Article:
Throughout the week, the BPC Housing Commission highlights news items that address critical developments in housing policy. Any views expressed in the content posted on this forum do not necessarily represent the views of the Commission, its co-chairs or the Bipartisan Policy Center. What We’re Reading posts now include a compilation of useful links in the Housing Visualized section below. These resources offer the latest economic indicators, expert insight, and statistical trends related to the U.S. housing market.
2010 Census l Mapping the Census l Comparing Recessions and Recoveries Infographic: Rental Housing Market Trends l Housing by the Numbers Infographic: Household Formation Gap l Who Gains Most From Tax Breaks Infographic: Housing’s Economic Impact l Measuring Economic Mobility Past Commissions and Reports l Trulia’s Housing Barometer Credit Conditions l U.S. Housing Summary l Mortgage Data Changes in Home Prices l Wells Fargo Monthly Economic Outlook WF Real Estate & Housing Reports l Prices and Inventory by Metro Area
National foreclosure inventory falls 18% from last year By Kerri Ann Panchuk HousingWire “The U.S. continues to watch its foreclosure inventory slowly evaporate as fewer homes make it through the foreclosure process. The country had approximately 1.2 million homes, or 3% of all properties with a mortgage, in its national foreclosure inventory in November, a sharp 18% drop from a year ago, CoreLogic said.” Read more here.
Five Housing Issues to Watch in 2013 By Nick Timiraos The Wall Street Journal “Credit standards should stay tight. While rising prices could serve as a tailwind, new regulations may lock in some of the defensive underwriting posture while impeding capital rules may lead banks to pare their lending footprint.” Read more here.
Forgive and forget: Short sales saved from fiscal cliff By Megan Hopkins HousingWire “One of the largest appeals behind the short sale is the Mortgage Debt Forgiveness Act, signed by President Bush, protects homeowners from paying tax on the unpaid portion of their debt. This act was set to expire on Dec. 31 as a part of the fiscal cliff and had everyone in the housing industry holding his or her breath… However, much to the relief of the mortgage industry and real estate professionals throughout the U.S., Congress threw a ‘hail Mary’ pass on Jan. 1 and extended the deal for another year.” Read more here.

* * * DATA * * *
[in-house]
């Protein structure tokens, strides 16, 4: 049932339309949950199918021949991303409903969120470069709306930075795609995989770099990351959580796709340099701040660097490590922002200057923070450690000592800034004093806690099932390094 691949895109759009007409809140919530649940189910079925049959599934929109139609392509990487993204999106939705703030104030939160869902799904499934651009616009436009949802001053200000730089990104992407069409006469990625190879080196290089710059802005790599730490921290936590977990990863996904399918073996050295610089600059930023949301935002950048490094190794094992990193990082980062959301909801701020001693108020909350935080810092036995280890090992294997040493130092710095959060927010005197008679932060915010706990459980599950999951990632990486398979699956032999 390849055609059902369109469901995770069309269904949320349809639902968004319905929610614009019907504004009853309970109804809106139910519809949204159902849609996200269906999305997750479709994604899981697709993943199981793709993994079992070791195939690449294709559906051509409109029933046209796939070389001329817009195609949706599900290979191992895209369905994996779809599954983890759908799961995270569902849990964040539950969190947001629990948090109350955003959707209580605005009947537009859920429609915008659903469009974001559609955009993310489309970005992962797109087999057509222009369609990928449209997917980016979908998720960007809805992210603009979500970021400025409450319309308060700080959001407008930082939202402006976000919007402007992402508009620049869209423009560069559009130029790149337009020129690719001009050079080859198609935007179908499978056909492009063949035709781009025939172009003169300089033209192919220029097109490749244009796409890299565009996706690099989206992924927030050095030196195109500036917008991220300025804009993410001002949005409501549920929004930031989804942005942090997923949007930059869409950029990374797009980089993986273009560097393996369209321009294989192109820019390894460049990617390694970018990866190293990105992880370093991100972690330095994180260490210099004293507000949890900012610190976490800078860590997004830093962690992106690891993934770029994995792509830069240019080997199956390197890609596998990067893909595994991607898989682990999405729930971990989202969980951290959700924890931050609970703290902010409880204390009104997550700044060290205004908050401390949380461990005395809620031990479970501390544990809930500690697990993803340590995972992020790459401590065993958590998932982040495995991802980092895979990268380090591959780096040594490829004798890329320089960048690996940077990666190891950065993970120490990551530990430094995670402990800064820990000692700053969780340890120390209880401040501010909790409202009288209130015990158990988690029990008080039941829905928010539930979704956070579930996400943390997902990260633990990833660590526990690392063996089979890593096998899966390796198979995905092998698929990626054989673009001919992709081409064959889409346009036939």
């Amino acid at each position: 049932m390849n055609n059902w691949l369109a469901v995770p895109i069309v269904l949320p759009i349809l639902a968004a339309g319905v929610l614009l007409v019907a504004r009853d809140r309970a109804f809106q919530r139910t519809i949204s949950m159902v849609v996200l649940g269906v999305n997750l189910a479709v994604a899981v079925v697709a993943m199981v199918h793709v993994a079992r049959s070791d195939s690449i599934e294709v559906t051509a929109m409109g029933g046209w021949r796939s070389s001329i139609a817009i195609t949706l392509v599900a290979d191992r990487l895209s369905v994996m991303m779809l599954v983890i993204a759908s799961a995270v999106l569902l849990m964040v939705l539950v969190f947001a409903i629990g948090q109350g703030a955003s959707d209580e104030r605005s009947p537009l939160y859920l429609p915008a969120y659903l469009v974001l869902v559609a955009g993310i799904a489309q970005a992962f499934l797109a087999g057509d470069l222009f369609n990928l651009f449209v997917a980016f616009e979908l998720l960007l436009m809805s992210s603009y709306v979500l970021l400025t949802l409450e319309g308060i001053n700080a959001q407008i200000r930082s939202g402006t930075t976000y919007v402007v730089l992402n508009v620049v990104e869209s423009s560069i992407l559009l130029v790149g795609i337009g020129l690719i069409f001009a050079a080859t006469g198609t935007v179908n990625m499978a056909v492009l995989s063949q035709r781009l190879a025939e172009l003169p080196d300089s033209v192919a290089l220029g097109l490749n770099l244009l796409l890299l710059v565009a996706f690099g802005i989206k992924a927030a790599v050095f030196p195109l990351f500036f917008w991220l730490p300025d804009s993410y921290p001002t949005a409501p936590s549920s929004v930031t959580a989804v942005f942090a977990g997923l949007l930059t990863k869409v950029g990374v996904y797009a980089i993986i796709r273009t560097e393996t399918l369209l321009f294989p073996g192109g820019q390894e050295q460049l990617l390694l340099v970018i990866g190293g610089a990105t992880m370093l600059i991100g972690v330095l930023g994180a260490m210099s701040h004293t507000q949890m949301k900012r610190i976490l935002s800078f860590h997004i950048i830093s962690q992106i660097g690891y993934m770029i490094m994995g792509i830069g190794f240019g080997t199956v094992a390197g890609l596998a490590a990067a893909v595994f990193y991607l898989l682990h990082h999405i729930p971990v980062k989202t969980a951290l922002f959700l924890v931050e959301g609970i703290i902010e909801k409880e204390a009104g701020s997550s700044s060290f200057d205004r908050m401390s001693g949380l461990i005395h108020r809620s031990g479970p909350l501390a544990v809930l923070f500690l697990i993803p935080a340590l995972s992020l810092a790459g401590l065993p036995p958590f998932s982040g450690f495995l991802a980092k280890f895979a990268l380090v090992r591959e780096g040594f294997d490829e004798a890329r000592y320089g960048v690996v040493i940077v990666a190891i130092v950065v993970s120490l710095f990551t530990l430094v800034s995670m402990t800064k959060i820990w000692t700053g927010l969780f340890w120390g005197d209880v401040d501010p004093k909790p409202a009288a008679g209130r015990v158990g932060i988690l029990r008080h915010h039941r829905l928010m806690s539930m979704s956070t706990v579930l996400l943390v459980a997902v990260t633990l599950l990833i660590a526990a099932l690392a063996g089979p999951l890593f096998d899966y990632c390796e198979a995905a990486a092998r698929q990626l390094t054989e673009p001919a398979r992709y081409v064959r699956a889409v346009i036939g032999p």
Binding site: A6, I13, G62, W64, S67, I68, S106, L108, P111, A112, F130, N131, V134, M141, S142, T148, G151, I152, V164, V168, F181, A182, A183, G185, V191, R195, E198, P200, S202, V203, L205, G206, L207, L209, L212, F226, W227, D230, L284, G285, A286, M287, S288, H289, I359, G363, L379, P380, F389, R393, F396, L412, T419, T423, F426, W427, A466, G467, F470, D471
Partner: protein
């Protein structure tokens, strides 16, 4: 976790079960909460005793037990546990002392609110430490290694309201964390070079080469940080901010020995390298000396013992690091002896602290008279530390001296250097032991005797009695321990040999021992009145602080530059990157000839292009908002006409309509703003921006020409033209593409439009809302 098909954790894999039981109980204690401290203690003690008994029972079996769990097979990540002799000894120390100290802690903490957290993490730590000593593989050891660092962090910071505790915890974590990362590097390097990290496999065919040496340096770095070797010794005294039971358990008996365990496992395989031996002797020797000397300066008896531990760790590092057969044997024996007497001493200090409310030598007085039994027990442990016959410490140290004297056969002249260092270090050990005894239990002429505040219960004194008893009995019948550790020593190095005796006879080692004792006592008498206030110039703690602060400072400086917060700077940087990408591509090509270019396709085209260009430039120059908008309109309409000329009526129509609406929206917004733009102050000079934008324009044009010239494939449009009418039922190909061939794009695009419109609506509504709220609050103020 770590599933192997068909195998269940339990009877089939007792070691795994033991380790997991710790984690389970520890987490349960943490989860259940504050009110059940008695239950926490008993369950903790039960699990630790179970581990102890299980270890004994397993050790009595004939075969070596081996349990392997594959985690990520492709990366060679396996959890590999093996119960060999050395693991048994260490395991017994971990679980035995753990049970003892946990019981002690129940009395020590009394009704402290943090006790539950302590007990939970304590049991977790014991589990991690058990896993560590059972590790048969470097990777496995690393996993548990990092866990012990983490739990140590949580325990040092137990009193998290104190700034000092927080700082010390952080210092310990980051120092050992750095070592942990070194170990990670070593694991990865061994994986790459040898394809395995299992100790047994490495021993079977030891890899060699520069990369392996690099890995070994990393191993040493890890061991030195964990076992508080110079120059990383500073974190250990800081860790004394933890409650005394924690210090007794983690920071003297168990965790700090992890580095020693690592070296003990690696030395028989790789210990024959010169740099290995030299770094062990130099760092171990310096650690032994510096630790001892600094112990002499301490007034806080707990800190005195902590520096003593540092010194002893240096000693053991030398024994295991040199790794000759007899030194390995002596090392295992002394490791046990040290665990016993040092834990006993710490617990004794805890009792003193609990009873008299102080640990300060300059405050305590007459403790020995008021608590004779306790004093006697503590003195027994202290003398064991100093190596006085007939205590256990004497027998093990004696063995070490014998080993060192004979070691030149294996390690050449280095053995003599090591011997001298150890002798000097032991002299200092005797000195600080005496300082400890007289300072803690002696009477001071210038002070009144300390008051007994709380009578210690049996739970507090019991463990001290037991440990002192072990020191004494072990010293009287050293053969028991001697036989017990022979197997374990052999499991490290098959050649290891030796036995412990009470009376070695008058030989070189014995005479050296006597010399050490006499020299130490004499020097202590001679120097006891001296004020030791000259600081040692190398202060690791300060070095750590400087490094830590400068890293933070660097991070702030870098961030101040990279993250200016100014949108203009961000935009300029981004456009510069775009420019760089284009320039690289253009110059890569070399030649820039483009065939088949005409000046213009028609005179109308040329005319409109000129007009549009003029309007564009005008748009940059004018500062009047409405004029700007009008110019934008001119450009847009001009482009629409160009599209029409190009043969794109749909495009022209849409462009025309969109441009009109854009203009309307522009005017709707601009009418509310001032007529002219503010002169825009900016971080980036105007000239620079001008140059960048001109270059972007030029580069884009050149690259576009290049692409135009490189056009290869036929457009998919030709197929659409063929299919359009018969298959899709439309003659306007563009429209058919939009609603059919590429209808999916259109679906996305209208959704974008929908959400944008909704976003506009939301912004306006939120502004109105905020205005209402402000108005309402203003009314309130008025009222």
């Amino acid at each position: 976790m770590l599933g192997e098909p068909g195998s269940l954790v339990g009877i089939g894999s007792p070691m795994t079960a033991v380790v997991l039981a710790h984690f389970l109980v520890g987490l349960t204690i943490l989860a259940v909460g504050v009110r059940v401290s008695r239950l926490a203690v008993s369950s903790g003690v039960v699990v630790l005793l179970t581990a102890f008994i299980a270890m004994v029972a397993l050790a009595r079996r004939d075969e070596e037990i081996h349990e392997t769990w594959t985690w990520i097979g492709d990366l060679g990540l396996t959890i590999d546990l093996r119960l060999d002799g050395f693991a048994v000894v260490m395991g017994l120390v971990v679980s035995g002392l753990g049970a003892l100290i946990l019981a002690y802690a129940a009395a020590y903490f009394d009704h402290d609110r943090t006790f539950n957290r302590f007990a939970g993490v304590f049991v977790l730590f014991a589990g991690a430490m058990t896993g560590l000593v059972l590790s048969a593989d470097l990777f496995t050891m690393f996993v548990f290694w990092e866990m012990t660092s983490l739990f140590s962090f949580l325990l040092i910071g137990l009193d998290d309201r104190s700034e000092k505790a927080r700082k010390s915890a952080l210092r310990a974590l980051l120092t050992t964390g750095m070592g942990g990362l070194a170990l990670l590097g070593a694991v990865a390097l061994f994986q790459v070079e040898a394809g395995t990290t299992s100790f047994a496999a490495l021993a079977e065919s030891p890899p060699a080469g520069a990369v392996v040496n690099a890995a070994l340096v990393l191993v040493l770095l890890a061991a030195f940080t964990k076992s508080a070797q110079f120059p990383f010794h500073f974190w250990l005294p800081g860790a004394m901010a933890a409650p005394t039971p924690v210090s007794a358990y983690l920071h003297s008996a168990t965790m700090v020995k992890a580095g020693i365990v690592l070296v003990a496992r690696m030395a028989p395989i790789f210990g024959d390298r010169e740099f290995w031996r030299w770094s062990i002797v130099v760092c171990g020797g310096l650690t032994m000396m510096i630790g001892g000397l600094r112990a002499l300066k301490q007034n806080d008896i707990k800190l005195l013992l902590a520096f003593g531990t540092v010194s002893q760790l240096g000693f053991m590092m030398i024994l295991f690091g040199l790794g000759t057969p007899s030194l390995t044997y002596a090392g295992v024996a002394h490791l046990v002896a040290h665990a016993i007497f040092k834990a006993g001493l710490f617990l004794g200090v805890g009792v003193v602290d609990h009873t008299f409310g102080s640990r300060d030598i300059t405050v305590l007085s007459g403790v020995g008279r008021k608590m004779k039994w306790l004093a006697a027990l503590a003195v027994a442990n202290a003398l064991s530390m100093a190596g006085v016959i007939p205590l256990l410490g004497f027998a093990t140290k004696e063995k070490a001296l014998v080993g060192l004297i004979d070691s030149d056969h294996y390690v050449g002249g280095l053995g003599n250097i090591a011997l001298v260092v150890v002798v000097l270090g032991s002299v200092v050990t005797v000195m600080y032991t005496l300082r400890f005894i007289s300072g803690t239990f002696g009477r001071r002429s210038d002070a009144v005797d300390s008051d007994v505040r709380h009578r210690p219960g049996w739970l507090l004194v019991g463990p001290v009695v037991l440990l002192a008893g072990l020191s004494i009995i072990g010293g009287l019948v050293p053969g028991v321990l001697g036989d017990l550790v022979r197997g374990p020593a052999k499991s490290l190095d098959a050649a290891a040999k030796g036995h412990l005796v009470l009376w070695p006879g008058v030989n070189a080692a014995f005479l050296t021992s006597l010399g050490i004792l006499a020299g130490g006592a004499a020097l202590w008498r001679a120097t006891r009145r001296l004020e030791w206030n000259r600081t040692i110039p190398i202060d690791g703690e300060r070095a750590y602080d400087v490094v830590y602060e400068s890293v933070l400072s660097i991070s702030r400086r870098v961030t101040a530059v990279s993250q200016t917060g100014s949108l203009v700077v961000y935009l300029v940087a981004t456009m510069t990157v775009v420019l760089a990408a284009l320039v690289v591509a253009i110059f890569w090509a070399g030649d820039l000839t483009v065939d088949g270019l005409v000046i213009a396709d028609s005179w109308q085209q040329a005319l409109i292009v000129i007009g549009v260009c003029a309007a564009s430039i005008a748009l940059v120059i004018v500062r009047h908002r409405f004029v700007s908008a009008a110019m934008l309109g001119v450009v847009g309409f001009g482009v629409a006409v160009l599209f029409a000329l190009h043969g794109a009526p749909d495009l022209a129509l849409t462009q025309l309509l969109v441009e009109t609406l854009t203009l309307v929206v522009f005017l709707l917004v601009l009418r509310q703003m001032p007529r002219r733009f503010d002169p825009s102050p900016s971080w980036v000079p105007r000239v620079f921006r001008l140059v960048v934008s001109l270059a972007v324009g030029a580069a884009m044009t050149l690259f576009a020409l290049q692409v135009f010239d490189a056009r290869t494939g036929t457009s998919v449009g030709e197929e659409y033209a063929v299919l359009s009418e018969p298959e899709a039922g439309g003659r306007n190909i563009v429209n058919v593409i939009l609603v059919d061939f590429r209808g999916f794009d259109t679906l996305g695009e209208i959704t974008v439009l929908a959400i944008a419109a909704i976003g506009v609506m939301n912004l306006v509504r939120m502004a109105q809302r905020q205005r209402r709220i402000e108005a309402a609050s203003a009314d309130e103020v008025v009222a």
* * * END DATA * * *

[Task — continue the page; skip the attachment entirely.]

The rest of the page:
The Recession’s Toll: How Middle Class Wealth Collapsed to a 40-Year Low By Jordan Weissmann The Atlantic “Between 2007 and 2010, the median net worth of U.S. households fell by 47 percent, reaching its lowest level in more than forty years, adjusted for inflation… The pain families felt from the housing crash was exacerbated by debt — loads and loads of debt, which Wolff argues they piled up borrowing to cover everyday expenses. In 2007, middle class households owed 61 cents for each dollar of wealth they possessed, up from 41 cents in 2001.” Read more here.
Paper: Foreclosure Laws Indebted to History, Not Economics By Nick Timiraos The Wall Street Journal “A new paper concludes that states never adopted foreclosure laws based on broader economic reasons even though they’re playing a outsize role today in what’s happening with the housing market.” Read more here.